6. You don’t need a full-scale knowledge audit to do a word of mouth survey or 100% participation for the feedback to be valid. The goal here is to present a snapshot of how people get at and share critical information and how they regard the systems available. Focus on the people who influence the flow of money – sales, product development and support, and client-facing professionals. What are the sundry information needs of these key players and how do they describe their experiences filling these needs in the current environment?
  7. Rate of failure of new initiatives
  8. Simply put, compare the number of new initiatives that were introduced to the company in the current year (or recent years) to the number that are still standing as an indicator of change fatigue or cultural resistance to change. (Try to emphasize the initiatives that were reasonably intelligent or worthwhile; failure of the stupid ones tend to speak for themselves). And, if they’re still around, enhance your findings with qualitative “lessons learned” feedback from initiative sponsors/champions.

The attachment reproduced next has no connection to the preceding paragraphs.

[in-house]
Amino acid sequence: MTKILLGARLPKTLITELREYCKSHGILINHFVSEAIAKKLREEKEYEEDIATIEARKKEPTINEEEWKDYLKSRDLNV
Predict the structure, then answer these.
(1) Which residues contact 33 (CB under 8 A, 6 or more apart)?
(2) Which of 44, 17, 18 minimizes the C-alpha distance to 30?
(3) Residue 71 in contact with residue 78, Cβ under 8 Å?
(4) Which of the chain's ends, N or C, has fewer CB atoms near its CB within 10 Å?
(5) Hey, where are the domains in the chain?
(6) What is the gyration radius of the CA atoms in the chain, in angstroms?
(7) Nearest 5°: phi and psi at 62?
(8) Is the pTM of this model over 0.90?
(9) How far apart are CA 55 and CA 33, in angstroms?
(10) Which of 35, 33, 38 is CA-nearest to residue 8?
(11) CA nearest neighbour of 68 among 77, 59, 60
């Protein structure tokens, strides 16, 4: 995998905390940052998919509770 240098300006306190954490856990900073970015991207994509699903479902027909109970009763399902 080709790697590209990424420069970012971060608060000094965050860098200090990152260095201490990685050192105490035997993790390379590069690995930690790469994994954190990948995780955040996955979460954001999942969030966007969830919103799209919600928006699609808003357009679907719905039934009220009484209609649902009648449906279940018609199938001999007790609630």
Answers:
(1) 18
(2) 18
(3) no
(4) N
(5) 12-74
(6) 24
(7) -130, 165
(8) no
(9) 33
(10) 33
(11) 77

9. Rate of new hire acclimation
  10. Work with HR to seek out both new hires (at varying lengths of employment) and hiring managers to obtain feedback on how quickly new hires have been able to get up and running in their roles, get at critical information, and accomplish (relatively basic) work-related and HR tasks.
  11. Resource/succession planning policies
  12. Is there a set of policies to plan for the loss of critical organizational knowledge and leadership? Have these critical organizational roles been identified? If yes, is the plan active and effective? If no, bad ju-ju.
  13. Quantity and quality of documented best practices
  14. Successful companies share and institutionalize the knowledge that makes them successful. One of the best indicators of how well an organization is (or isn’t) managing its knowledge is the quantity, quality, and ease of access to internal (and industry) case studies, best practices, and lessons learned type documents.